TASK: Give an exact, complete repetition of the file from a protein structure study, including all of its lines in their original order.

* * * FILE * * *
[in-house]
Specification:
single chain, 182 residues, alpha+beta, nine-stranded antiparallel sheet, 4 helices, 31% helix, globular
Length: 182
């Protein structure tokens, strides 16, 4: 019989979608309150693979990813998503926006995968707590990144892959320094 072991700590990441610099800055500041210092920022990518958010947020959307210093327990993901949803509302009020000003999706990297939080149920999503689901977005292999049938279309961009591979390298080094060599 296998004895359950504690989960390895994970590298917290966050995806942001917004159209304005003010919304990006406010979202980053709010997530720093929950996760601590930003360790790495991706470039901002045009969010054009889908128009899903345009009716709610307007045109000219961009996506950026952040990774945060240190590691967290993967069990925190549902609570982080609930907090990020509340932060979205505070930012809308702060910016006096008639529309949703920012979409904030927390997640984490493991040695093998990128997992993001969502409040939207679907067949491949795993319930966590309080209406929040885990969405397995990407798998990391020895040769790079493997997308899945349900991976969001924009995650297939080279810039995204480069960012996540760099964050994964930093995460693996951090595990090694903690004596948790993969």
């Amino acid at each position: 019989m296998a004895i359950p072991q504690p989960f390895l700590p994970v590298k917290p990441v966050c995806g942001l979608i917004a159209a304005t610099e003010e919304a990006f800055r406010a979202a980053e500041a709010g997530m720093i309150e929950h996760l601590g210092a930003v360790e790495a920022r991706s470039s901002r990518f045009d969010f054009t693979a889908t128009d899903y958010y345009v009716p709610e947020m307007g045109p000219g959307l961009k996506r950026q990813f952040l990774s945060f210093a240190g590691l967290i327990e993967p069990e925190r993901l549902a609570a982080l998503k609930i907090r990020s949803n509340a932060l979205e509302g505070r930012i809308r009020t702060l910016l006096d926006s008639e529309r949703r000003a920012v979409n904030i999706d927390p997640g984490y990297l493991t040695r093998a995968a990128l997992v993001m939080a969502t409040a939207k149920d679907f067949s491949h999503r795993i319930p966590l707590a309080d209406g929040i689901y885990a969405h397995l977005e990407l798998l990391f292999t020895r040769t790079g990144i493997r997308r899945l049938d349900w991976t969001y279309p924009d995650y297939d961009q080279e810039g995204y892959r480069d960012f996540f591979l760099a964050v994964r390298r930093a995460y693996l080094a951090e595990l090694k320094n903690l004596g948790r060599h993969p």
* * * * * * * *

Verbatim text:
[in-house]
Specification:
single chain, 182 residues, alpha+beta, nine-stranded antiparallel sheet, 4 helices, 31% helix, globular
Length: 182
């Protein structure tokens, strides 16, 4: 019989979608309150693979990813998503926006995968707590990144892959320094 072991700590990441610099800055500041210092920022990518958010947020959307210093327990993901949803509302009020000003999706990297939080149920999503689901977005292999049938279309961009591979390298080094060599 296998004895359950504690989960390895994970590298917290966050995806942001917004159209304005003010919304990006406010979202980053709010997530720093929950996760601590930003360790790495991706470039901002045009969010054009889908128009899903345009009716709610307007045109000219961009996506950026952040990774945060240190590691967290993967069990925190549902609570982080609930907090990020509340932060979205505070930012809308702060910016006096008639529309949703920012979409904030927390997640984490493991040695093998990128997992993001969502409040939207679907067949491949795993319930966590309080209406929040885990969405397995990407798998990391020895040769790079493997997308899945349900991976969001924009995650297939080279810039995204480069960012996540760099964050994964930093995460693996951090595990090694903690004596948790993969």
């Amino acid at each position: 019989m296998a004895i359950p072991q504690p989960f390895l700590p994970v590298k917290p990441v966050c995806g942001l979608i917004a159209a304005t610099e003010e919304a990006f800055r406010a979202a980053e500041a709010g997530m720093i309150e929950h996760l601590g210092a930003v360790e790495a920022r991706s470039s901002r990518f045009d969010f054009t693979a889908t128009d899903y958010y345009v009716p709610e947020m307007g045109p000219g959307l961009k996506r950026q990813f952040l990774s945060f210093a240190g590691l967290i327990e993967p069990e925190r993901l549902a609570a982080l998503k609930i907090r990020s949803n509340a932060l979205e509302g505070r930012i809308r009020t702060l910016l006096d926006s008639e529309r949703r000003a920012v979409n904030i999706d927390p997640g984490y990297l493991t040695r093998a995968a990128l997992v993001m939080a969502t409040a939207k149920d679907f067949s491949h999503r795993i319930p966590l707590a309080d209406g929040i689901y885990a969405h397995l977005e990407l798998l990391f292999t020895r040769t790079g990144i493997r997308r899945l049938d349900w991976t969001y279309p924009d995650y297939d961009q080279e810039g995204y892959r480069d960012f996540f591979l760099a964050v994964r390298r930093a995460y693996l080094a951090e595990l090694k320094n903690l004596g948790r060599h993969p």